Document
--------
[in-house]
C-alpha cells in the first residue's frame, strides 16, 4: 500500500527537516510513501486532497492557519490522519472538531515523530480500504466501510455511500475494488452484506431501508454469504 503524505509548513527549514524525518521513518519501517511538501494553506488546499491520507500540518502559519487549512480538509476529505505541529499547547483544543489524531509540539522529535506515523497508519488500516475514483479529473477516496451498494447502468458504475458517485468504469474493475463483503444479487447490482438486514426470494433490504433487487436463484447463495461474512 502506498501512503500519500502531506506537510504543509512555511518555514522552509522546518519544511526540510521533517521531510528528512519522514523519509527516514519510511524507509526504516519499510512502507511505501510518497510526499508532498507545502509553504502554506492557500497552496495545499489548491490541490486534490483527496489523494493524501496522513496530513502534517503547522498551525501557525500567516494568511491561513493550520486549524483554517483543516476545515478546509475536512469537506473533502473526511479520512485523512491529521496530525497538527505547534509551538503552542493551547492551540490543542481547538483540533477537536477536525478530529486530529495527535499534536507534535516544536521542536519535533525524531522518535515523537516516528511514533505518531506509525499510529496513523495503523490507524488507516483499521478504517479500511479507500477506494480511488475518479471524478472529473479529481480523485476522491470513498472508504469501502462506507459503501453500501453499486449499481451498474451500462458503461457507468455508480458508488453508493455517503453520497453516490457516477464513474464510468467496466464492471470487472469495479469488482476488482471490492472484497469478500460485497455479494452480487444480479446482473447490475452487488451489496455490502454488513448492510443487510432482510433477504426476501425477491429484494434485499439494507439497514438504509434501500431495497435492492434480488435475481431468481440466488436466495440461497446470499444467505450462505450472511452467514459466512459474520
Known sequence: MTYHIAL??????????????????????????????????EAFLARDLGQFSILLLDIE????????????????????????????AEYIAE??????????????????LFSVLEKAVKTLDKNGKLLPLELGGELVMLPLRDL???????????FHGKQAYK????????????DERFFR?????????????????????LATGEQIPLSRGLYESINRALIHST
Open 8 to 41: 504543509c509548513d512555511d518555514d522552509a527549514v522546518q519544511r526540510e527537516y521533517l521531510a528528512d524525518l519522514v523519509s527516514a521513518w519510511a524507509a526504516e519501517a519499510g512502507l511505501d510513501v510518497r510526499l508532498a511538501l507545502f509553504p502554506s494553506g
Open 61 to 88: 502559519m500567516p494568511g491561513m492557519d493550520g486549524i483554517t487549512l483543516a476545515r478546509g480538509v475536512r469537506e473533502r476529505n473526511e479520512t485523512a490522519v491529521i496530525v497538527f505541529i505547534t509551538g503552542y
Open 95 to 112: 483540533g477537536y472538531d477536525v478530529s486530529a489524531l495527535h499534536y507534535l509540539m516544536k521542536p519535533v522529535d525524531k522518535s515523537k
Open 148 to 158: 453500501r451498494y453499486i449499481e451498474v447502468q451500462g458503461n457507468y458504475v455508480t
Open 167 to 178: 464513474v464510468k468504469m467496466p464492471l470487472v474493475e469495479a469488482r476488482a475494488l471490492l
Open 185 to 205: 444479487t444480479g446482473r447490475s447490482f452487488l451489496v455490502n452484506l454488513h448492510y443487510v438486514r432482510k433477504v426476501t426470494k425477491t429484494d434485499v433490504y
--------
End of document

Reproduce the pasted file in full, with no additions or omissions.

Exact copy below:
[in-house]
C-alpha cells in the first residue's frame, strides 16, 4: 500500500527537516510513501486532497492557519490522519472538531515523530480500504466501510455511500475494488452484506431501508454469504 503524505509548513527549514524525518521513518519501517511538501494553506488546499491520507500540518502559519487549512480538509476529505505541529499547547483544543489524531509540539522529535506515523497508519488500516475514483479529473477516496451498494447502468458504475458517485468504469474493475463483503444479487447490482438486514426470494433490504433487487436463484447463495461474512 502506498501512503500519500502531506506537510504543509512555511518555514522552509522546518519544511526540510521533517521531510528528512519522514523519509527516514519510511524507509526504516519499510512502507511505501510518497510526499508532498507545502509553504502554506492557500497552496495545499489548491490541490486534490483527496489523494493524501496522513496530513502534517503547522498551525501557525500567516494568511491561513493550520486549524483554517483543516476545515478546509475536512469537506473533502473526511479520512485523512491529521496530525497538527505547534509551538503552542493551547492551540490543542481547538483540533477537536477536525478530529486530529495527535499534536507534535516544536521542536519535533525524531522518535515523537516516528511514533505518531506509525499510529496513523495503523490507524488507516483499521478504517479500511479507500477506494480511488475518479471524478472529473479529481480523485476522491470513498472508504469501502462506507459503501453500501453499486449499481451498474451500462458503461457507468455508480458508488453508493455517503453520497453516490457516477464513474464510468467496466464492471470487472469495479469488482476488482471490492472484497469478500460485497455479494452480487444480479446482473447490475452487488451489496455490502454488513448492510443487510432482510433477504426476501425477491429484494434485499439494507439497514438504509434501500431495497435492492434480488435475481431468481440466488436466495440461497446470499444467505450462505450472511452467514459466512459474520
Known sequence: MTYHIAL??????????????????????????????????EAFLARDLGQFSILLLDIE????????????????????????????AEYIAE??????????????????LFSVLEKAVKTLDKNGKLLPLELGGELVMLPLRDL???????????FHGKQAYK????????????DERFFR?????????????????????LATGEQIPLSRGLYESINRALIHST
Open 8 to 41: 504543509c509548513d512555511d518555514d522552509a527549514v522546518q519544511r526540510e527537516y521533517l521531510a528528512d524525518l519522514v523519509s527516514a521513518w519510511a524507509a526504516e519501517a519499510g512502507l511505501d510513501v510518497r510526499l508532498a511538501l507545502f509553504p502554506s494553506g
Open 61 to 88: 502559519m500567516p494568511g491561513m492557519d493550520g486549524i483554517t487549512l483543516a476545515r478546509g480538509v475536512r469537506e473533502r476529505n473526511e479520512t485523512a490522519v491529521i496530525v497538527f505541529i505547534t509551538g503552542y
Open 95 to 112: 483540533g477537536y472538531d477536525v478530529s486530529a489524531l495527535h499534536y507534535l509540539m516544536k521542536p519535533v522529535d525524531k522518535s515523537k
Open 148 to 158: 453500501r451498494y453499486i449499481e451498474v447502468q451500462g458503461n457507468y458504475v455508480t
Open 167 to 178: 464513474v464510468k468504469m467496466p464492471l470487472v474493475e469495479a469488482r476488482a475494488l471490492l
Open 185 to 205: 444479487t444480479g446482473r447490475s447490482f452487488l451489496v455490502n452484506l454488513h448492510y443487510v438486514r432482510k433477504v426476501t426470494k425477491t429484494d434485499v433490504y